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Jury Slaps JPMorgan Chase with $6 Billion-plus Verdict in Sabre Creator’s Estate
Dallas attorney James S. Bell secures win for Max Hopper’s children
 
September 29, 2017 11:00 am

DALLAS – A jury has awarded the widow and heirs of Sabre airline reservation system pioneer Max D. Hopper more than $6 billion in damages after finding JPMorgan Chase in breach of its fiduciary duty in administering the multimillion-dollar Hopper estate.

“JPMorgan Chase is one of the world’s largest and most respected banks, and its clients expect honesty and fairness in the handling of trusts and estates,” said James S. Bell of James S. Bell, PC, trial lawyer for Mr. Hopper’s adult children, Dr. Stephen Hopper, a Tulsa, Oklahoma, psychiatrist, and Laura Wassmer, mayor of Prairie Village, Kansas.

“In this case, the JPMorgan Chase name doesn’t mean the institution put its clients’ interests above its own. When challenged, the bank used the family’s own money to fight them in court over the handling of their father’s estate,” said Mr. Bell.

Mr. Hopper, who helped create the Sabre reservations system, died unexpectedly in 2010 without a valid will. At the time of his death, his estate was estimated at more than $19 million.

Although JPMorgan Chase had represented itself as expert in independent estate administration matters, it took years for an initial release of assets to the family, with a significant portion still untouched by estate administrators. During the trial, the jury was told that after the family sued for breach of fiduciary duty, the bank used money from the estate account to pay its legal fees, which cost Ms. Wassmer and Dr. Hopper more than $3 million in inheritance value.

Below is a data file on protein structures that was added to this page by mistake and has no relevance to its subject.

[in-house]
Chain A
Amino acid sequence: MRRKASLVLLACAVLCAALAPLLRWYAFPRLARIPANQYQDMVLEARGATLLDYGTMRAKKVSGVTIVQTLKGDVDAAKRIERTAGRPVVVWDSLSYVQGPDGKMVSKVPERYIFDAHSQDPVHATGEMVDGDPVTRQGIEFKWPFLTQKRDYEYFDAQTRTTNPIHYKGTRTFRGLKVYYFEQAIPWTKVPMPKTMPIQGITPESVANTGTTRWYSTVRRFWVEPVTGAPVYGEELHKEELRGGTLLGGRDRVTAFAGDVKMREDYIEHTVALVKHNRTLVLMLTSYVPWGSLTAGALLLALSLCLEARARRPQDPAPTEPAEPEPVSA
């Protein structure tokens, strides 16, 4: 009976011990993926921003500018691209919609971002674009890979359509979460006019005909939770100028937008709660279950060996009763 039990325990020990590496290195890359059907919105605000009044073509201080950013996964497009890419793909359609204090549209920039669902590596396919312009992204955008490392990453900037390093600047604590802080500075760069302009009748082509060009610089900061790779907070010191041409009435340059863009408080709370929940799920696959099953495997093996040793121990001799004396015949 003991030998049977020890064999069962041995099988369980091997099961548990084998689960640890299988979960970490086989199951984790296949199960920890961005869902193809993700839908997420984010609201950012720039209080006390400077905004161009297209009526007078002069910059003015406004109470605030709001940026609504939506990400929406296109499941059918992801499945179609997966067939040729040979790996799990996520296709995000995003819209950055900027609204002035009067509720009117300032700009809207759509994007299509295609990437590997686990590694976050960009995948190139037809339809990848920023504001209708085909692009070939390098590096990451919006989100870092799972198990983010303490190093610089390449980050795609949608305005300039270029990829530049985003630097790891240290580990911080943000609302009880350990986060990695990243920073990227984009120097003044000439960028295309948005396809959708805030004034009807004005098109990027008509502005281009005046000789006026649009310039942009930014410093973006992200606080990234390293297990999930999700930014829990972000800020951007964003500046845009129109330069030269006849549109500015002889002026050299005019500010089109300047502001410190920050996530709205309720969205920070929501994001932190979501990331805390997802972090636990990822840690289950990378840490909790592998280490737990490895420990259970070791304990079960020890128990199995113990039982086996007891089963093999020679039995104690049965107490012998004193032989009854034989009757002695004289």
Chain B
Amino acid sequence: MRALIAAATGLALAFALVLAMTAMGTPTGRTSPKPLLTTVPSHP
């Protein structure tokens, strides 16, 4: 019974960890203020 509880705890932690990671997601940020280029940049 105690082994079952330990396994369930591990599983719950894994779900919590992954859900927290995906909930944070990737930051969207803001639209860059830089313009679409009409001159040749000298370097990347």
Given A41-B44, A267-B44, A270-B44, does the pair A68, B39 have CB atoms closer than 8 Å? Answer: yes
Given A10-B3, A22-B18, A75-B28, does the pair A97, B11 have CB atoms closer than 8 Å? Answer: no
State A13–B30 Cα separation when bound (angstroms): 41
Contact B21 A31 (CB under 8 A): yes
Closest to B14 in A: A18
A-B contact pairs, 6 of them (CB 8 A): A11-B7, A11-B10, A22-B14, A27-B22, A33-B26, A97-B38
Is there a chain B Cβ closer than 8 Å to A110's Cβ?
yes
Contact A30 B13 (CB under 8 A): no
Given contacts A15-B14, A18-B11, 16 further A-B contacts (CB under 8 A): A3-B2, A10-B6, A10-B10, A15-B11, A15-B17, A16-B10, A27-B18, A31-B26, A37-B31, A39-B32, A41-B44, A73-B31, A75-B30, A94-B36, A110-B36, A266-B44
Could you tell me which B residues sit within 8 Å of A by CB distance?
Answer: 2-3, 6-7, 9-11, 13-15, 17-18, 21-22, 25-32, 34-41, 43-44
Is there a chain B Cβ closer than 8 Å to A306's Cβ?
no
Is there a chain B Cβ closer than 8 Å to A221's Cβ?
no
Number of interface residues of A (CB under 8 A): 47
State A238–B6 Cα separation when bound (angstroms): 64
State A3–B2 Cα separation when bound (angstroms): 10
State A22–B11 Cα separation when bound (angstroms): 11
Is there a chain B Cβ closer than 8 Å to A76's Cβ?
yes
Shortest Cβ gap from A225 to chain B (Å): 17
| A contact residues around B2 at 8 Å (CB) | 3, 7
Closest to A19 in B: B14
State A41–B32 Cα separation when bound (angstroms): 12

After a four-week trial, the jury delivered its verdict to Dallas County Probate Judge Brenda Hull Thompson just after midnight on Sept. 26. Jurors awarded Mr. Hopper’s children and his widow, Jo Hopper, a total of $6 billion in punitive damages and approximately $10 million in actual damages and attorney fees.

“The jury sent a loud, clear message to Wall Street about what is and is not an acceptable business practice,” said Mr. Bell. “If you are entrusted to administer an estate, you cannot use the proceeds as your own private wealth fund.”

Ms. Wassmer and Dr. Hopper were represented by James S. Bell of James S. Bell, PC, and Anthony L. Vitullo of Fee, Smith, Sharp & Vitullo, LLP. Mrs. Hopper was represented by Alan S. Loewinsohn and Kerry F. Schonwald of Loewinsohn Flegle Deary Simon LLP.

The case is No. PR-11-3238-1: In Re: Estate of Max D. Hopper, Deceased, Jo N. Hopper v. JP Morgan Chase Bank, N.A., et al, in the Probate Court of Dallas County, Texas.

With offices in Texas and California, James S. Bell, PC, is a trial firm focusing on high-stakes civil and criminal cases. Firm founder James S. Bell serves as lead trial counsel for Fortune 500 companies and governments in cases centering on business torts, securities and shareholder class actions, patent litigation, trademark infringement, health care and environmental issues, as well as in internal investigations, corporate crisis management, and white-collar criminal defense. For more information visit http://jamesbellpc.com.

Media Contact:
Rhonda Reddick
800-559-4534
rhonda@androvett.com


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